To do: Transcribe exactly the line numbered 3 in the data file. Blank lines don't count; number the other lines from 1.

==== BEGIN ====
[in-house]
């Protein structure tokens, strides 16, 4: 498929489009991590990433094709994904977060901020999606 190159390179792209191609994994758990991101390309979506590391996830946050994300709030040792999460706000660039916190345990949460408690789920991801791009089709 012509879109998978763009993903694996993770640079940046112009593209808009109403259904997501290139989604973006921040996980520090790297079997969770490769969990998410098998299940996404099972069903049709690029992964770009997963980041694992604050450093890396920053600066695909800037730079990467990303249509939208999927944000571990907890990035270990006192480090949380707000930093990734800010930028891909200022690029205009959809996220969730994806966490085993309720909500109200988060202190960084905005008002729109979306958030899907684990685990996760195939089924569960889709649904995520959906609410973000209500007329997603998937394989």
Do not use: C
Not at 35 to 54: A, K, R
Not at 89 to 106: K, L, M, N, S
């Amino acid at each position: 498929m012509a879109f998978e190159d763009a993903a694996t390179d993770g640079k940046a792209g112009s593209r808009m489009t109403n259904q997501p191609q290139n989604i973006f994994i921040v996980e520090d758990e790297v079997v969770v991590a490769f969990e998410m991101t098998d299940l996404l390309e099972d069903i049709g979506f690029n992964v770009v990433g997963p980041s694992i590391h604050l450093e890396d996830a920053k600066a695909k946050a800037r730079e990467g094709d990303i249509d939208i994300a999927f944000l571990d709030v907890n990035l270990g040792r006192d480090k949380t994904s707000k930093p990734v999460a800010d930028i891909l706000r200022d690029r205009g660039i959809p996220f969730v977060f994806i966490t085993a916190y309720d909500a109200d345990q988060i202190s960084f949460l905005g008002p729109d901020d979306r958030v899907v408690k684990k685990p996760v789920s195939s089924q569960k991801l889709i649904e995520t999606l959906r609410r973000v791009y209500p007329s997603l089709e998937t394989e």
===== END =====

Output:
Do not use: C